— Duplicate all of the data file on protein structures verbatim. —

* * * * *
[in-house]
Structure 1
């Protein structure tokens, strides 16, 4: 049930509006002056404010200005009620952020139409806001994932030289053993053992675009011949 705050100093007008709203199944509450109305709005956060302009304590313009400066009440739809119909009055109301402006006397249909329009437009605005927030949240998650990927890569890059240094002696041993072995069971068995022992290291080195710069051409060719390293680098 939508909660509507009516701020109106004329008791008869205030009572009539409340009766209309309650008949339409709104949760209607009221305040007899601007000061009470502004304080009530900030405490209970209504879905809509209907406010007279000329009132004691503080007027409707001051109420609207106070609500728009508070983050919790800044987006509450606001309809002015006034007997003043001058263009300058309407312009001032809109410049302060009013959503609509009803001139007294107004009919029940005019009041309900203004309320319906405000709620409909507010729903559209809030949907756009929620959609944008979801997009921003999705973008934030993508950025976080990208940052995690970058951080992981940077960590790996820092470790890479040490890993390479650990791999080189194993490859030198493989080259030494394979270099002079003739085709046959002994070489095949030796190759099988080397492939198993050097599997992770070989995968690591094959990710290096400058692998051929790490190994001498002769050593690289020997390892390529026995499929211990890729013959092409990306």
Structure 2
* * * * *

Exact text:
[in-house]
Structure 1
């Protein structure tokens, strides 16, 4: 049930509006002056404010200005009620952020139409806001994932030289053993053992675009011949 705050100093007008709203199944509450109305709005956060302009304590313009400066009440739809119909009055109301402006006397249909329009437009605005927030949240998650990927890569890059240094002696041993072995069971068995022992290291080195710069051409060719390293680098 939508909660509507009516701020109106004329008791008869205030009572009539409340009766209309309650008949339409709104949760209607009221305040007899601007000061009470502004304080009530900030405490209970209504879905809509209907406010007279000329009132004691503080007027409707001051109420609207106070609500728009508070983050919790800044987006509450606001309809002015006034007997003043001058263009300058309407312009001032809109410049302060009013959503609509009803001139007294107004009919029940005019009041309900203004309320319906405000709620409909507010729903559209809030949907756009929620959609944008979801997009921003999705973008934030993508950025976080990208940052995690970058951080992981940077960590790996820092470790890479040490890993390479650990791999080189194993490859030198493989080259030494394979270099002079003739085709046959002994070489095949030796190759099988080397492939198993050097599997992770070989995968690591094959990710290096400058692998051929790490190994001498002769050593690289020997390892390529026995499929211990890729013959092409990306």
Structure 2